More Cost-Containment in Massachusetts
|February 12, 2010||Posted by ITUP under Blog||
I have written in the past here and here on the state’s landmark 2006 reform passage and current developments. The state is very important to follow as many of the elements in the federal efforts are already in play in Massachusetts. To sum up, the 2006 reform includes an individual mandate, an exchange with consumer protections, and low-income subsidies. The state has successfully achieved near-universal coverage without crowding out employer based markets or other private insurance, and is wildly popular among the citizenry. With ‘Phase I’ accomplished, efforts are now centered on effective cost-containment that naysayers claim are “bankrupting the state.” True, the current growth rate is unsustainable, but this sense of urgency allows lawmakers to aggressively pursue effective strategies to cut costs.
The Governor of Massachusetts unveiled legislation yesterday that would help to address the rapid growth of health care costs by giving the state power to review and reject payment rate increases beyond 3.2% (the current medical inflation rate) by doctors, hospitals, insurers, and medical imaging centers. The law would also prevent health-insurance plans sold to small businesses from raising premiums by more than 1.5 times the rate of medical inflation, and impose a two-year moratorium on lawmakers mandating new health benefits that plans must cover. Watch Governor Patrick’s explanation here.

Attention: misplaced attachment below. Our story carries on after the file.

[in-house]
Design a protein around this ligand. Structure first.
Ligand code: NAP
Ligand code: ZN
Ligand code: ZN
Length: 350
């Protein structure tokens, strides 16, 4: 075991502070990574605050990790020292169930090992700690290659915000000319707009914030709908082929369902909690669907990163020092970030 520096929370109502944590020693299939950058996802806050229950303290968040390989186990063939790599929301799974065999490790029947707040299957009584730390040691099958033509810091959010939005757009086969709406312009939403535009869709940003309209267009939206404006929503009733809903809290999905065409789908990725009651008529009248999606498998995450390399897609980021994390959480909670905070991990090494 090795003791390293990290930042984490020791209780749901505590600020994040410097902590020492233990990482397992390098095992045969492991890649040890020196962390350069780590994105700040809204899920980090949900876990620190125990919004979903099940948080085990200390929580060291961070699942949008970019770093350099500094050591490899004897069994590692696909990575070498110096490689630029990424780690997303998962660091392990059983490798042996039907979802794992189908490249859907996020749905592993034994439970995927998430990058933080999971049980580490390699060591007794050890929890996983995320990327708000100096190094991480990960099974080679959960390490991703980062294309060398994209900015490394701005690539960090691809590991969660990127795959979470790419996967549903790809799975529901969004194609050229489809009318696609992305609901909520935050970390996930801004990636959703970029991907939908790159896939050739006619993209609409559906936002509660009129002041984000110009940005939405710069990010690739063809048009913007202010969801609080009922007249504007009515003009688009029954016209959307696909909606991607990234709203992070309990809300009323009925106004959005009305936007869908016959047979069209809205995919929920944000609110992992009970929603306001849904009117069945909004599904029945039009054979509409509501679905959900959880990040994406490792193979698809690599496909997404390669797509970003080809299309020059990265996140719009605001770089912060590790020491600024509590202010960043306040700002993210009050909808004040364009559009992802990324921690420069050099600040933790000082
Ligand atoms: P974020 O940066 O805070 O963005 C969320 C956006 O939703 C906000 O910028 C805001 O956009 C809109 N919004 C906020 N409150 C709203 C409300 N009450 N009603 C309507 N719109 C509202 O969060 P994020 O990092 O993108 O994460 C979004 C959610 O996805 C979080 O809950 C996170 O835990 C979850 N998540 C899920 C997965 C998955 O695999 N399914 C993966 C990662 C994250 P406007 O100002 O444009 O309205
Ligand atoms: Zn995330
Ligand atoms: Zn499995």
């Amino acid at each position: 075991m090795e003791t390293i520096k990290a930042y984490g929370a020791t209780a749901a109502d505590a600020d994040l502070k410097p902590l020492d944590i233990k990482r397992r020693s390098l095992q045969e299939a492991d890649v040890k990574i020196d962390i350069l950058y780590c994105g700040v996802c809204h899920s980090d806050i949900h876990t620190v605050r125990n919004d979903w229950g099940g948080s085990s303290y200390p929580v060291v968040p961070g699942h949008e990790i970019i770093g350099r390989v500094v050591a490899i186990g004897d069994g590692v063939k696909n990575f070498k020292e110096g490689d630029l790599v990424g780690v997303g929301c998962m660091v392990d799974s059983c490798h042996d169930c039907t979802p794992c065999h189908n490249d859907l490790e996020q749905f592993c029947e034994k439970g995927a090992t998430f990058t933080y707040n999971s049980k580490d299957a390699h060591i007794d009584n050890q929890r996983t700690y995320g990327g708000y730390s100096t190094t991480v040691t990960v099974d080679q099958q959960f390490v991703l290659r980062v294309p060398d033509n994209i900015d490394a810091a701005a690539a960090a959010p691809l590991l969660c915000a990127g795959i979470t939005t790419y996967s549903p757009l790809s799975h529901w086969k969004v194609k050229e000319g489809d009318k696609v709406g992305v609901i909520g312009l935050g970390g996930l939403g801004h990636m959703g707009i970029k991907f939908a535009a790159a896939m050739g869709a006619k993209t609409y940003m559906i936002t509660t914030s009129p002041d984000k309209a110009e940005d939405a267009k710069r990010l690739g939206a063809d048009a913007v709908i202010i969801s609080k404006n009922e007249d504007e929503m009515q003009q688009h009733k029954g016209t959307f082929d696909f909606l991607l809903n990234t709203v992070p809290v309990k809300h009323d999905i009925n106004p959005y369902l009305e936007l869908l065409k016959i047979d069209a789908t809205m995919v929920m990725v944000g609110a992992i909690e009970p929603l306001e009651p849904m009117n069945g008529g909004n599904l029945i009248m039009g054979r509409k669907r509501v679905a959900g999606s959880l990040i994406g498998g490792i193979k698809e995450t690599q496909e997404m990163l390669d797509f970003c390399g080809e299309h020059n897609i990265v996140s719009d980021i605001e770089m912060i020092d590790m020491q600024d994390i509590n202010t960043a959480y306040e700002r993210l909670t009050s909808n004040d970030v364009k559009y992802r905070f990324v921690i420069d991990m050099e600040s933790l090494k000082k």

The idea is commonly known as ‘all-payer rate setting,’ and was used in the 70s and 80s to level varying payments for common services in order to lower health care costs. Nearly 30 states enacted the practice then, but the rise of managed competition caused all but Maryland to drop the law and today, countries such as France, Germany, and the Netherlands have similar all-payer rate setting regulation. Read more about the potential for savings here, where a recent Health Affairs article finds that the law has saved Maryland more than $40 billion since 1976 and a similar system across all states could have saved over $1.8 trillion.